(Joshua Paladino, Headline USA) Congressional Republicans throwing support to a bill that would formally codify gay marriage and other court-upheld practices sought to clarify that the federal government’s new definition of marriage will not include throuples, group marriages or other forms of polygamy, Axios reported.
Sen. Susan Collins, R-Maine, and other establishment Republicans have no problem with codifying homosexual marriage in federal law, but they hoped to assuage worries about further alterations to the world’s oldest institution.
“We are listening carefully to the concerns that have been raised by some of our colleagues,” Collins said about fellow Republicans, apparently indicating that she does not share their objection to legalized polygamy.
Senate Democrats need 10 Republican votes to circumvent the filibuster and pass the Respect for Marriage Act.
“One part of the bill, it makes very clear that marriage is between two individuals, and another part of the bill, the language needs to be clarified,” Collins said.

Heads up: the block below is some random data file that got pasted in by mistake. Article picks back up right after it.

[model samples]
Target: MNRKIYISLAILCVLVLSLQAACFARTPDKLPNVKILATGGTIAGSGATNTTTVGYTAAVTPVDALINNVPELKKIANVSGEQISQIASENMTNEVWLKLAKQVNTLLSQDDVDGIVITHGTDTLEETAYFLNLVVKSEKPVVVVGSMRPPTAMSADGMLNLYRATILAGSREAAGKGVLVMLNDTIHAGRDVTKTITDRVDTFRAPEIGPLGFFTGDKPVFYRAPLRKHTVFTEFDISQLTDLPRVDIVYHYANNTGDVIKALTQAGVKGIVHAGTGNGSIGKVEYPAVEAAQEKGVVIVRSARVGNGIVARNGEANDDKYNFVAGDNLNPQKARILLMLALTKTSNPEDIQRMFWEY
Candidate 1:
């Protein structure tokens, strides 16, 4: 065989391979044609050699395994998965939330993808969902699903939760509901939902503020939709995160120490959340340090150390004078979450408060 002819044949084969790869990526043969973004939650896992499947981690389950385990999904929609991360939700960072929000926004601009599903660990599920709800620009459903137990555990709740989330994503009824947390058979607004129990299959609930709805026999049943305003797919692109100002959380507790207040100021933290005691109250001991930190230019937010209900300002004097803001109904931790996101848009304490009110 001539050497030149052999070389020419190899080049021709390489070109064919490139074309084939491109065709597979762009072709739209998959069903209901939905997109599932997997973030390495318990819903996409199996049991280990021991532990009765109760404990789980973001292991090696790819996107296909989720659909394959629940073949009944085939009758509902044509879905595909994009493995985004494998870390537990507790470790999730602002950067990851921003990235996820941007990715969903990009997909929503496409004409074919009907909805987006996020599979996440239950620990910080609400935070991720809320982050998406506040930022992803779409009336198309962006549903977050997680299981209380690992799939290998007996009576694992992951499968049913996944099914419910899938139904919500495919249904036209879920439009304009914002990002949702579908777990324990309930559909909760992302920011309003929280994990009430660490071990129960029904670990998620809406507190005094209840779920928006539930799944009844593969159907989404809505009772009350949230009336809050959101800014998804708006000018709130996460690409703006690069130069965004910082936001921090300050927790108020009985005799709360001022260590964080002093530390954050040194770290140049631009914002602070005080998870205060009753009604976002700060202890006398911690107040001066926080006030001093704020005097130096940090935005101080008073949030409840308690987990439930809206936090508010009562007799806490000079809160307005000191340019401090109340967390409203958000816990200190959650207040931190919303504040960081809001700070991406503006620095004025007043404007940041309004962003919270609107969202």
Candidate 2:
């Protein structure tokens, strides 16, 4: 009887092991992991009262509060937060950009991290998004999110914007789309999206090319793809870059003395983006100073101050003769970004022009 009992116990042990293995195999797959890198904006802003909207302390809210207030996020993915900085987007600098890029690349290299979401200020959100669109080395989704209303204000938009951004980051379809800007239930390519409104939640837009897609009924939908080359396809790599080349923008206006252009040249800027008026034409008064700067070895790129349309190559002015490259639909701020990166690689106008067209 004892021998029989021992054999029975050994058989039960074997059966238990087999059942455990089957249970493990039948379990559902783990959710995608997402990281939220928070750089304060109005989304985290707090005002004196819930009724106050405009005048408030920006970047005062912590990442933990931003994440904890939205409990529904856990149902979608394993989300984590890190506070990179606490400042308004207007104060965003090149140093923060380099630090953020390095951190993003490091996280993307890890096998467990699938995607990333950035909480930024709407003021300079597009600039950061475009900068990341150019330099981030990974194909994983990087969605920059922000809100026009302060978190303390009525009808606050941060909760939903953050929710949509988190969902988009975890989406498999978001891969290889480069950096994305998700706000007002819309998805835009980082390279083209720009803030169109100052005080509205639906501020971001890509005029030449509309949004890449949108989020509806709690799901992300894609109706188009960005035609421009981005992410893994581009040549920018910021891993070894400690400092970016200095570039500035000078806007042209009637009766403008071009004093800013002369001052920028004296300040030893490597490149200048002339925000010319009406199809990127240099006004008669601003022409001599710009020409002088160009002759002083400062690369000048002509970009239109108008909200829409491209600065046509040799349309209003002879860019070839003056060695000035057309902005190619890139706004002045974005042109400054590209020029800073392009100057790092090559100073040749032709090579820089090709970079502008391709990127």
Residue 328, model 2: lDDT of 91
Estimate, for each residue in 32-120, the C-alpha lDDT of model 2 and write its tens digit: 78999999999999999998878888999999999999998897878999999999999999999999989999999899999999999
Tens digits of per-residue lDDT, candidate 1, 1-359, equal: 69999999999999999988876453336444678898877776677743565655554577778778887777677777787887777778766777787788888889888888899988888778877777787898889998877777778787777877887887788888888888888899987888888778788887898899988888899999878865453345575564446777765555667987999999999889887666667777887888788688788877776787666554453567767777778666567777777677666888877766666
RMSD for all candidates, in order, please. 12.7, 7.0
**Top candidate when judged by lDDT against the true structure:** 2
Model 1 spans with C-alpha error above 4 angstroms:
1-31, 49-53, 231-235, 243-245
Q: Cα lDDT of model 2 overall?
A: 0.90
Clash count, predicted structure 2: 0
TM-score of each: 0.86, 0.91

The Supreme Court ruled in Obergefell v. Hodges that all states must issue marriage certificates to homosexual couples.
Though no substantial executive, legislative or judicial challenge to this ruling has emerged—except for Justice Clarence Thomas’s comment that the case does not have a sufficient legal basis—the Democrats hope to keep using gay marriage as a campaign issue.
The suggestion that Obergefell is under attack effectively drafts the LGBT community into promiscuous women’s organized resistance to the overturn of Roe v. Wade’s federal abortion mandate—a battle that otherwise affects very few same-sex couples.
Some conservatives have seen the Left’s recent embrace of certain sexual taboos—including transgender rights, child-grooming and “puppy play“—as an ominous sign portending America’s inevitable slouch toward Sodom and Gommorah.
Collins promised, however, that the bill does not prepare the way for polygamy.
“There is not a single state that allows for polygamous marriages,” she said, virtually guaranteeing that California will take up the crusade before the decade’s close.
Sen. Ron Johnson, R-Wisc., who earlier supported the bill, said that it will no longer earn his vote because it may threaten religious liberty.